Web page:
A “red herring” is defined in the Oxford English Dictionary as:
2. fig. and in figurative contexts. A clue or piece of information which is or is intended to be misleading, or is a distraction from the real question.
In a political context, it is a phrase often used to describe an issue of little real importance that distracts from the real question at hand. When done on purpose, it is a kind of mental slight of hand or rhetorical trick and it has become so commonplace that I don’t think anyone notices it.
Consider my last post about the County Clerk not issuing marriage licenses to same sex couples. She claims she is not handing them out due to her religious beliefs. She has now been found in contempt by a judge for not performing her duties. I’m seeing comments by figures in the Christian religious community saying that the United States is beginning to criminalize Christianity.
Nothing could be further from the truth. In the context of the County Clerk, her religious belief is a troublesome red herring. The issue at hand is that, as an officer of the executive branch, the County Clerk’s job in this instance is to determine if a couple has met the qualifications for marriage according to state law. She is not being asked to perform a marriage, nor is she being asked to agree with a marriage. She is not being asked to perform a moral judgement. Her religious belief is a distraction from the real issue which would be the same even if she were an Atheist.
To illustrate, let us consider absurd alternatives. What if she were refusing to allow a mixed race couple to marry? No one would argue that she had a right to deny them on religious grounds no matter what her religion. What if she were Muslim and refusing to allow a Christian couple to marry because they were not married properly according to her beliefs? Would she be getting support from the same people on the grounds that her 1st amendment rights are being violated? What if she were an Atheist who did not believe in marriage? Can she refuse to issue license to everyone?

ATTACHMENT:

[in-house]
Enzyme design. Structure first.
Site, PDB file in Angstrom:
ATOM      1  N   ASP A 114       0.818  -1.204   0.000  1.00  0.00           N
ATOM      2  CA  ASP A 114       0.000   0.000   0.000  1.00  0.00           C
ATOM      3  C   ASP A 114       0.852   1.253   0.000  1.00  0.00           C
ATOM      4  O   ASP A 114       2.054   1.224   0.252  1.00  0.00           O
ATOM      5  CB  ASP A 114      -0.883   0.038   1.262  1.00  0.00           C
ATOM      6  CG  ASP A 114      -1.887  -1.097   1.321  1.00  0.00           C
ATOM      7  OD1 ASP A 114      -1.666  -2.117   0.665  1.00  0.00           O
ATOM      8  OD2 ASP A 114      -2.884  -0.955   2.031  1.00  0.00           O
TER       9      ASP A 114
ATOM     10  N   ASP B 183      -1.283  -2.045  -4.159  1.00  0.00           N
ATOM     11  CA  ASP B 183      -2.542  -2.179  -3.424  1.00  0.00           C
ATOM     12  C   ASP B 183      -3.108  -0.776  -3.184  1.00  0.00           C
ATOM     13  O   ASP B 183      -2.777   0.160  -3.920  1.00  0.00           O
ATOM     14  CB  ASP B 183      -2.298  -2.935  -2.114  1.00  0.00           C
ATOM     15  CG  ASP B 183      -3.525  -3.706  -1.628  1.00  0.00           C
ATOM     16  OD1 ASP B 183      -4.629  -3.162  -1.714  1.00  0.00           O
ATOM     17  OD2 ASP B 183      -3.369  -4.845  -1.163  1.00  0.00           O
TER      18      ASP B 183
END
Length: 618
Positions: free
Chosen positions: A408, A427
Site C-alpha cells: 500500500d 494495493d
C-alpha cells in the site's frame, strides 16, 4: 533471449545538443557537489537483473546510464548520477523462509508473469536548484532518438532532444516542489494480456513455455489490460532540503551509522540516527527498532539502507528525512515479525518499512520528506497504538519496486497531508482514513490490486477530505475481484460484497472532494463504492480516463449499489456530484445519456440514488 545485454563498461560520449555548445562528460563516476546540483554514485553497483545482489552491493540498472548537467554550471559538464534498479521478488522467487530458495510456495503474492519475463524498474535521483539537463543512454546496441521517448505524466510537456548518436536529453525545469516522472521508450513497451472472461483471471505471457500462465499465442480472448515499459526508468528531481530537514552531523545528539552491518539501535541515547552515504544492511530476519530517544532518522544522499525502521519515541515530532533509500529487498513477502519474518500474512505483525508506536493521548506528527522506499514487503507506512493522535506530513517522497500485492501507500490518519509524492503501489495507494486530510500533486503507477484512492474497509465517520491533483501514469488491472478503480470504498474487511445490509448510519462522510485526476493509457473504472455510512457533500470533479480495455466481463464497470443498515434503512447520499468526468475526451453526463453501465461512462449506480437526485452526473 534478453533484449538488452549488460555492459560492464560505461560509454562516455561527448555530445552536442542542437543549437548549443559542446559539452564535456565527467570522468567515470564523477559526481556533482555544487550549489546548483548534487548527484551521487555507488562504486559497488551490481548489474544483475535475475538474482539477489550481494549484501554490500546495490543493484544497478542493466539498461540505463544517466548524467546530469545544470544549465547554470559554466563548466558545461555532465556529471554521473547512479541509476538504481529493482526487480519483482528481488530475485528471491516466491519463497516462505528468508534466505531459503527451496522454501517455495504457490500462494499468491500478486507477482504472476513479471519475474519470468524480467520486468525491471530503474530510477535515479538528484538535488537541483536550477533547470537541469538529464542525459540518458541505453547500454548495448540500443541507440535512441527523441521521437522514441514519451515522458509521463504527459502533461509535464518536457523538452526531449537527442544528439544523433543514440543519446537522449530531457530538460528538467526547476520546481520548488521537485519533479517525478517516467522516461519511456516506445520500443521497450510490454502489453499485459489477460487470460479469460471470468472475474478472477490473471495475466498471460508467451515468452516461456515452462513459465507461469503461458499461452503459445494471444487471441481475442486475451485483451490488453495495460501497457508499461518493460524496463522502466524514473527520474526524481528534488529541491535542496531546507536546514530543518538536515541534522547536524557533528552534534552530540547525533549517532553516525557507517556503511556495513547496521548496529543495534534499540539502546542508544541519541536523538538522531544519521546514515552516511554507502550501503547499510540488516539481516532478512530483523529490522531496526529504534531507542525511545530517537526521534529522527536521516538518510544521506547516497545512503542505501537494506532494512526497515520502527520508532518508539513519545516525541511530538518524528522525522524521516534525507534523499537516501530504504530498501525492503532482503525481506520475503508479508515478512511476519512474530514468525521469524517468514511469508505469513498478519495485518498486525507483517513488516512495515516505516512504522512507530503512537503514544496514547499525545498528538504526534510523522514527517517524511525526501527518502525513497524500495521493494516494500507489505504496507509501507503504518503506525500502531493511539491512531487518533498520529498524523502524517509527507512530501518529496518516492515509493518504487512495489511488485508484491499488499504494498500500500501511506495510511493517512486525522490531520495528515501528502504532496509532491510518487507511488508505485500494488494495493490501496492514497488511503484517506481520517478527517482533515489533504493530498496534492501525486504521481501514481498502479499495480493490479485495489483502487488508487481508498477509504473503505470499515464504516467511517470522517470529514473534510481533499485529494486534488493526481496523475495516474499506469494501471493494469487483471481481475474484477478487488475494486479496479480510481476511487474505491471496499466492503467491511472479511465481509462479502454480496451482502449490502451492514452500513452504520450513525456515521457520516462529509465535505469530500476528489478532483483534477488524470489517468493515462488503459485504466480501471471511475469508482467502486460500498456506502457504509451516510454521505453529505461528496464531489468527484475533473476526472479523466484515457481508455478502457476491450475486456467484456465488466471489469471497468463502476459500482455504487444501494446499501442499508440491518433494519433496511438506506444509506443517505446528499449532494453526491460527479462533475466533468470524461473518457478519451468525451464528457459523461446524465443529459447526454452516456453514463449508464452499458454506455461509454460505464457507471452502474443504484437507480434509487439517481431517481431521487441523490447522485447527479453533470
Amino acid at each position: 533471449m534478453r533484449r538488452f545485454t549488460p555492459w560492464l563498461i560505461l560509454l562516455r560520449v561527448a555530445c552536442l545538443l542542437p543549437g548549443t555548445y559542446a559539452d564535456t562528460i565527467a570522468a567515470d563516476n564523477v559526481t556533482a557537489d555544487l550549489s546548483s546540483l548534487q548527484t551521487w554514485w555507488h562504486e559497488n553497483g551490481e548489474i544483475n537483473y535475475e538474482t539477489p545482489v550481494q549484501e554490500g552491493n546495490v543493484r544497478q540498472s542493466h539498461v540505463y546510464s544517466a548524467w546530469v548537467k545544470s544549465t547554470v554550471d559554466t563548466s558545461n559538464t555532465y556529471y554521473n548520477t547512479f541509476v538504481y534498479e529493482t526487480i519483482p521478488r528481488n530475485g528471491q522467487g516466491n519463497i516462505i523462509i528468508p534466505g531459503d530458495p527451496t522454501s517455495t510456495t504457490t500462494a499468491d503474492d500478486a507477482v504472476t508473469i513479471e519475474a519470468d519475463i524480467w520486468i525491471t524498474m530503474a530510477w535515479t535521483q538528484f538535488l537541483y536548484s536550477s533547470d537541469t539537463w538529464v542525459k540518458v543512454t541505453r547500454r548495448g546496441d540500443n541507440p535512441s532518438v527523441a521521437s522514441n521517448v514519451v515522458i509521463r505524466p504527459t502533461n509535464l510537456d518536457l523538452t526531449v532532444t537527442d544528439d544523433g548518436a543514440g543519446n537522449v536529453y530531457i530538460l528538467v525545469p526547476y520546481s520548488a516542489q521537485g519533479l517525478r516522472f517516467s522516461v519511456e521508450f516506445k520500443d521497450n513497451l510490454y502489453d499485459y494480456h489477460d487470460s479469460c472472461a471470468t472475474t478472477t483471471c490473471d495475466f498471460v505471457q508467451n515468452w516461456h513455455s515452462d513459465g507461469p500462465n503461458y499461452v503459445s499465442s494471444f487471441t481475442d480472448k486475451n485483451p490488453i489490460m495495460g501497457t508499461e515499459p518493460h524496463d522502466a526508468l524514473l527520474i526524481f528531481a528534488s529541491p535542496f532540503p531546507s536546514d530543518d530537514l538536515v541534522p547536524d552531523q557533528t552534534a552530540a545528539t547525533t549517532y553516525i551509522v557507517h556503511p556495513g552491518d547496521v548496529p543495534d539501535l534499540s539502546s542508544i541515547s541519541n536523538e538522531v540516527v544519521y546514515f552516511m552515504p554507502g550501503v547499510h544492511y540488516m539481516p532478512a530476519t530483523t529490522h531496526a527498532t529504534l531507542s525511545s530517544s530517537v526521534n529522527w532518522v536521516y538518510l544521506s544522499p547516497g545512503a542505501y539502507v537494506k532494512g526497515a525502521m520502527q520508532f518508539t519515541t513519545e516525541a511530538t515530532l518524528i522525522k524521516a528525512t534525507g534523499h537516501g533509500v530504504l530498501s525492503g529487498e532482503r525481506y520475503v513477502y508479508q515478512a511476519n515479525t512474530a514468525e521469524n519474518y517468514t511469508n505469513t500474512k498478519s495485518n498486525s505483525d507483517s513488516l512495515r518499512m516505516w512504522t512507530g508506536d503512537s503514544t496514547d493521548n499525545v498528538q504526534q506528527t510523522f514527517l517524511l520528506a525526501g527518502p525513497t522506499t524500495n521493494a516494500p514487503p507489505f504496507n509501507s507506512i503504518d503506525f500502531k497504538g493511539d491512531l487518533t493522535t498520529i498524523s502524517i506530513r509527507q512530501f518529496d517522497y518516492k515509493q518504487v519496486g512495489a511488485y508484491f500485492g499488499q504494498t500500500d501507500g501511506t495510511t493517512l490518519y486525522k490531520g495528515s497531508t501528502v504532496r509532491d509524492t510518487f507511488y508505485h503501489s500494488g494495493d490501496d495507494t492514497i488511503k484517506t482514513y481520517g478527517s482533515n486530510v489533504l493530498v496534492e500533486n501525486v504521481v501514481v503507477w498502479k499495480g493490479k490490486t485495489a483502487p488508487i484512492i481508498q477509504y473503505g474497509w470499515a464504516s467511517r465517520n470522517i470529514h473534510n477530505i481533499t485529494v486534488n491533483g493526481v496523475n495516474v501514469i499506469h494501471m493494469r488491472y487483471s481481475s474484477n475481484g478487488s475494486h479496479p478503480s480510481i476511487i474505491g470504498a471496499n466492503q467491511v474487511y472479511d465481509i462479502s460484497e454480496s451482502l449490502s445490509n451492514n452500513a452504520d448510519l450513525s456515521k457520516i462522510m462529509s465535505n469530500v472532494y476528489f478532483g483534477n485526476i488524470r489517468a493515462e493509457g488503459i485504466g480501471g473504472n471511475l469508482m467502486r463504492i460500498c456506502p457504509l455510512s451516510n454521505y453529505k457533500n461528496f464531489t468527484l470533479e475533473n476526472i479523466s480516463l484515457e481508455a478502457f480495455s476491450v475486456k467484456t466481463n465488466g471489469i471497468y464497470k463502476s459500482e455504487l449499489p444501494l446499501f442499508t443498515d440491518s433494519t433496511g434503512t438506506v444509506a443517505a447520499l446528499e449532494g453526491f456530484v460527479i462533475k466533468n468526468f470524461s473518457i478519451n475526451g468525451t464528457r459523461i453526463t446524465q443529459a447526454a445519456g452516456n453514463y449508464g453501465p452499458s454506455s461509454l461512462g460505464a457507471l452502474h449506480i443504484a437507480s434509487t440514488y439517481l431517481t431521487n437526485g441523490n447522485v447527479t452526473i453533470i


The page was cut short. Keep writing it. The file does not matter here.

If you, dear reader, are a practicing Christian, and you truly want to be a useful member of the body of Christ, learn to identify and ignore red herrings. If you are convinced that homosexuality is wrong according to God, then focus on converting people to Christianity and let God deal with their soul. This is the real issue, not the specific action. Spending your time and energy trying to fight battles that have little or no meaning are what keeps you too tired to keep your hands up in the real fight.
Getting us to focus all of our attention on one thing while other important things are going on somewhere else is how magicians have been fooling people for a very long time. When hot button exciting issues like abortion, prayer in schools, or homosexuality pop up, they drown out all the other conversation. Sometimes Christians (Protestants anyway) forget that all sins are equally bad in the eyes of God and that their distasteful comments and disapproving stares at the teenager who had an abortion are at least as sinful as the abortion itself.
My personal suspicion is that people love to jump on the “big ticket” sin bandwagon whenever there’s a spot available because it lets them feel like they are on the “good team” when they are normally feeling like an outcast. The nut that beats up a homosexual gets to pretend he is doing God’s work. (Of course, since the nut doesn’t know what doing God’s work actually feel like, I don’t suppose they have any way to know the difference?)